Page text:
Current teacher, former Navy veteran focused on affordable housing, education, health care
Durango Democrat Vivian Smotherman has announced she will run against Sen. Cleave Simpson for the Senate District 6 seat this November. She becomes the Alamosa Republican’s first challenger since his district was redrawn to include Ouray County in 2023.
While the current teacher and former farmer, oil field worker, organizer and Navy veteran never expected to enter politics, her run began after the La Plata County Democratic Party approached her about the uncontested race in October.
After pondering her options, Smotherman said it was “unconscionable” someone wouldn’t step up to run in one of Colorado’s largest senate districts and decided to give voters another option.
“Politics in this country right now are pretty, oh, I can’t think of a polite word for it, they’re pretty messed up. And we cannot as a society complain about our elections and our policies and our politics if we’re not willing to step up and do something,” Smotherman said. “While I think Cleave Simpson is a fine man and he’s done great things, his values do not always align with every one of his constituents’ values.”
Smotherman was born in Detroit in 1969 and moved to Denver in 1975. After three years of college, she joined the U.S. Navy and served as a radioman from 1990 to 1993.
After serving one deployment in the Navy, Smotherman worked several years in the Gulf of Mexico’s oil and gas industry and later moved near Austin, Texas. There, she and her wife, JoAnn, took up pig farming after their daughter joined their local 4-H club and raised two swine.
After Hurricane Harvey decimated their farm in 2017, Smotherman became an organizer with farming nonprofit Farm-1-1 and helped novice farmers build sustainable, economically viable homesteads. She and JoAnn later fought for marriage equality and advocated for LGBTQ community members living in rural Texas.
Smotherman and her family then moved to Durango in 2021, where she and JoAnn now work as substitute and full-time teachers, respectively.
She told the Plaindealer her platform currently focuses on three issues: education, affordable housing and rural health care, which are partially influenced by her background and experience.
Smotherman said while she supported the state ending the fiscal stabilization policy to increase school funding levels, she preferred to further increase education budgets and pay teachers more.
“In 2024, we have literally some of the lowest paid teachers in the country, and that’s ridiculous. There’s no reason for that,” Smotherman said. “I think there’s other things as well that need to be looked at so that our kids can go to school without anxiety and without fear.”
According to the National Education Association, the starting salary for teachers in Colorado is $37,124 annually, which ranks 49th nationally.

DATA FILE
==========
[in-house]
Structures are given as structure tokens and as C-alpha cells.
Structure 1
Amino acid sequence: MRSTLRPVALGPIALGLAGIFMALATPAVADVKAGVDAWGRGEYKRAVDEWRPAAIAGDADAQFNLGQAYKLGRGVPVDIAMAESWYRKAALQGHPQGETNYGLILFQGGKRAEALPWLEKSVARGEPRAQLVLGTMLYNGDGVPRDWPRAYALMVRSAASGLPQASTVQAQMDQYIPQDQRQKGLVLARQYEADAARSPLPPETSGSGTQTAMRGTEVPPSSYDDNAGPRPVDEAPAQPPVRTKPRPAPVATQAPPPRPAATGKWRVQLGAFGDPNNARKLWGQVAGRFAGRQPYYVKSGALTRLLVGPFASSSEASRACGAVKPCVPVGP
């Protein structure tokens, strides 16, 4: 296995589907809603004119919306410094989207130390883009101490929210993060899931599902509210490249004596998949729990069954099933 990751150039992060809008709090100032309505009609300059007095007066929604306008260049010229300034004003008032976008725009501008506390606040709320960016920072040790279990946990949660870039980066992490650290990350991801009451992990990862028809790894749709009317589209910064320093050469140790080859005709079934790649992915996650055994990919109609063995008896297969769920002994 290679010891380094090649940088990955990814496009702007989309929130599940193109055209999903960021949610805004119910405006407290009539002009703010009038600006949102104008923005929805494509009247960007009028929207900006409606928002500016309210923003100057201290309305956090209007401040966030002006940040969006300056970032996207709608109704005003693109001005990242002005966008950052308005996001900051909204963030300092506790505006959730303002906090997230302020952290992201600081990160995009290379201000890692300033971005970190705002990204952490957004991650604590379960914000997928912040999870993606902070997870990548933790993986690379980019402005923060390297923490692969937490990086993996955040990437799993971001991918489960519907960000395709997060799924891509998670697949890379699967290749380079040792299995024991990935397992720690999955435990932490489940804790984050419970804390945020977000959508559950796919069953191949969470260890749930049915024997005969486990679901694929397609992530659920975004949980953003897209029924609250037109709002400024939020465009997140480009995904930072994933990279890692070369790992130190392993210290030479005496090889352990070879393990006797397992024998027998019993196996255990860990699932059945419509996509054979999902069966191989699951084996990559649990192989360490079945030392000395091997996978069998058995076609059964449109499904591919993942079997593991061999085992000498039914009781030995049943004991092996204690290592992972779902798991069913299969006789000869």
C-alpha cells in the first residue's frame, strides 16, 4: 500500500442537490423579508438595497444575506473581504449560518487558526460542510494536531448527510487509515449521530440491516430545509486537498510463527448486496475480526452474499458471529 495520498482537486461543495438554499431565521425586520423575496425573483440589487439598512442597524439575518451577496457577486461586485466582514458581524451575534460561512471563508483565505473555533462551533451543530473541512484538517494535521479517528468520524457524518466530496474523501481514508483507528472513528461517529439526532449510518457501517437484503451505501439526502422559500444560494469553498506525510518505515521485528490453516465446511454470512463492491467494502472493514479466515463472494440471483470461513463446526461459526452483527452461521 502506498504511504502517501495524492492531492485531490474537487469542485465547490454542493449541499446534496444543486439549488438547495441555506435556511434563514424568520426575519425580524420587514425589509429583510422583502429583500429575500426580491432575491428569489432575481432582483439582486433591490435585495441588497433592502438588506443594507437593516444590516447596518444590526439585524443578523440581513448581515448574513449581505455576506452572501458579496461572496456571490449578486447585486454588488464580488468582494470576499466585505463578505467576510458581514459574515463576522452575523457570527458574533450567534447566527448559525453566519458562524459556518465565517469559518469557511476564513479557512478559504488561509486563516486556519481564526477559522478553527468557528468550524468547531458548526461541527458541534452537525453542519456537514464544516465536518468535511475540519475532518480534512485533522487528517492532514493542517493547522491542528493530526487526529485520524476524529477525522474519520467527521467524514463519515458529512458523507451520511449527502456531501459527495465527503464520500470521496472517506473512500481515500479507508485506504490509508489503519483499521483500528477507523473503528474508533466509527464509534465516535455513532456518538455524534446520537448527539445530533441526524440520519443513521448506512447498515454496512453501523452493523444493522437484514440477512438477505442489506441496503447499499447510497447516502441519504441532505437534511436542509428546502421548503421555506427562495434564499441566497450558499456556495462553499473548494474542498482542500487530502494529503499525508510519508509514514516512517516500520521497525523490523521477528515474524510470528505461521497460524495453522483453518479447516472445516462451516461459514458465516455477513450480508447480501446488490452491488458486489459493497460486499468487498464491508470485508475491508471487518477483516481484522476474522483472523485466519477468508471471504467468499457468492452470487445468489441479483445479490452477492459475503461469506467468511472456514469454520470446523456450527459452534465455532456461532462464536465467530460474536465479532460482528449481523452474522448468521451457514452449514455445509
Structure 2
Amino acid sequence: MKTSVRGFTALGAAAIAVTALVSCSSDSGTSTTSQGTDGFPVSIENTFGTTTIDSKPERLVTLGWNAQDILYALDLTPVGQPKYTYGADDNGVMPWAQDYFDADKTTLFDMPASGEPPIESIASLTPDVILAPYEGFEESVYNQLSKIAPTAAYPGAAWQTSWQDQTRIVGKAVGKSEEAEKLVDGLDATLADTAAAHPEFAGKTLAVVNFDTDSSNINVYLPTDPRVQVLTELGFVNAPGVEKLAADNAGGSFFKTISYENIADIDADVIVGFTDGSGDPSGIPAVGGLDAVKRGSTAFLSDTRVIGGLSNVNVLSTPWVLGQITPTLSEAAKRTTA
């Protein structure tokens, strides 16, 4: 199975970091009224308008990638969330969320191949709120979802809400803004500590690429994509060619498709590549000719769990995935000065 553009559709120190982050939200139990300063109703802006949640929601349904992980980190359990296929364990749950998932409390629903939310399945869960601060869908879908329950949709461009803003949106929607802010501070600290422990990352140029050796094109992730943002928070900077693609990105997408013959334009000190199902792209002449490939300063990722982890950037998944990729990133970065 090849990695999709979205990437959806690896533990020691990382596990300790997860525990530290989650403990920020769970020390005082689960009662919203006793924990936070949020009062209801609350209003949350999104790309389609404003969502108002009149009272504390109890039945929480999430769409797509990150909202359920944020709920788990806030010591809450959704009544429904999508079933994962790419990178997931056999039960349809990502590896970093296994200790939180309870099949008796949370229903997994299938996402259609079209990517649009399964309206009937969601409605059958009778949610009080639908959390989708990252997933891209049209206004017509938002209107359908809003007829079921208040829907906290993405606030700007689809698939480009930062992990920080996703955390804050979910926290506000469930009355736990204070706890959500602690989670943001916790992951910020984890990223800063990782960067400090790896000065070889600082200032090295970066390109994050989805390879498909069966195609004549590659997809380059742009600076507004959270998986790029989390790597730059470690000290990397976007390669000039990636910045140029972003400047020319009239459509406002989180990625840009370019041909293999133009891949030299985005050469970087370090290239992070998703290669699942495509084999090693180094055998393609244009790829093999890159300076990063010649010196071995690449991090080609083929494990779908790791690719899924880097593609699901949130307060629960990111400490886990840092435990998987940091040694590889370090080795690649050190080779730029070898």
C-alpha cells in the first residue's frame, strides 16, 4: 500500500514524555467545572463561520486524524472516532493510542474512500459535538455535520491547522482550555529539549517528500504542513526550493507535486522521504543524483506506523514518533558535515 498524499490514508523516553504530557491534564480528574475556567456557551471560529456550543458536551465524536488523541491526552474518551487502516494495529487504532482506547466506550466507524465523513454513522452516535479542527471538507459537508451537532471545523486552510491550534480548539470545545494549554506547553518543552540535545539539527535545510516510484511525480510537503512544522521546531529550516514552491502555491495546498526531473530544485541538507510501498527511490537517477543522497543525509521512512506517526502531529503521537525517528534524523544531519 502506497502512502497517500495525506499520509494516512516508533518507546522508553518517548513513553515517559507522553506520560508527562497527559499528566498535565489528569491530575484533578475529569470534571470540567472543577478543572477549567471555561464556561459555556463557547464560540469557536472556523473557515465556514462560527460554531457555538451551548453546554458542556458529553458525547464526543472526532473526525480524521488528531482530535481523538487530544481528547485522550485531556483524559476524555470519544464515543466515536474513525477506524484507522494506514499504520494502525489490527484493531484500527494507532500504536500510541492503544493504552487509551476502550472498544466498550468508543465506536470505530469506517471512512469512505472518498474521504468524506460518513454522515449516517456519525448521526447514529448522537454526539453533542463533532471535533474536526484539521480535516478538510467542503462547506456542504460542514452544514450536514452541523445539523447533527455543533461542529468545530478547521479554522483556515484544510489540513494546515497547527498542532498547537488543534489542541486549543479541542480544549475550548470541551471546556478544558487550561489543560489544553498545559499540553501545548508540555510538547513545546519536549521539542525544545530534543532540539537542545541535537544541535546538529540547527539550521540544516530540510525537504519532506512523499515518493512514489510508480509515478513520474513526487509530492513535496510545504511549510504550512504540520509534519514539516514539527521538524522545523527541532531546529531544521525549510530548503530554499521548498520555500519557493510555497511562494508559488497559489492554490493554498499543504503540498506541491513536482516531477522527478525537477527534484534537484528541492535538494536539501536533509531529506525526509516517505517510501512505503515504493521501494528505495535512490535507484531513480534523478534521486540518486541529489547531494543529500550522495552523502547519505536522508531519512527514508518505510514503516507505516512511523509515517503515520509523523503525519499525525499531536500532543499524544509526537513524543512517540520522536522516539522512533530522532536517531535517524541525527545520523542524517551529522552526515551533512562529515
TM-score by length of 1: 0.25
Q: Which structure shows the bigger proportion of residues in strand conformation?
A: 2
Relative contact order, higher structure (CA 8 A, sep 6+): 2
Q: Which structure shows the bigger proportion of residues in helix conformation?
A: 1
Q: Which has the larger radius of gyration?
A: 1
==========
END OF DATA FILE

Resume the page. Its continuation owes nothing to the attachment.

Regarding affordable housing, Smotherman said state property tax cuts and valuation adjustments were a start, but said she needed to study the issue more.
When asked what ideas she has to alleviate housing costs in the district, Smotherman said she was brand new to campaigning and politics and didn’t have any concrete policies. She added her goal was to speak with local politicians, government workers and policy experts to develop programs.
“I think as a senator, these are the people I need to look for and talk to to find out what solutions they are looking at and working for them so that I can make sure that we get them the money and the resources they need to continue those kinds of actions,” Smotherman said.
On the rural health care front, Smotherman specifically mentioned two issues: access to abortion and recruiting health care workers.
Smotherman said she supports access to safe abortions and blasted a proposed measure that would ban abortions in Colorado and could appear on the ballot in 2024.
“(Voters) can look and see what’s going on in states like Florida. In Texas, a woman died just recently because she couldn’t get access to an abortion” she said. “That’s not Colorado. That’s not who we are. We want to take care of our citizens, all of our citizens. And the way we do that is we protect them and we give them access to the services they need.”
Smotherman then tied difficulties recruiting health care professionals to rural counties to the relative lack of affordable housing, saying action on that front would simultaneously help solve several other problems.
Despite her lack of political and legislative experience, her pitch to prospective voters was simple in the end.
“It comes down to everybody has to vote their conscience. I think I offer a broader perspective on all of the issues that are going to face the citizens of Southwest Colorado, the constituents that live in District 6. I have a much better ability, a strong ability to look at problems from different perspectives and find creative solutions,” Smotherman said. “(Voters) have to look at what my values are and look at my history and background and ask if I’m the kind of person that they would trust to represent them.”
Daniel Schmidt is a journalist with Report for America, a national service program which helps boost reporting resources in underserved areas. To make a tax-deductible donation to fund his work, contact firstname.lastname@example.org.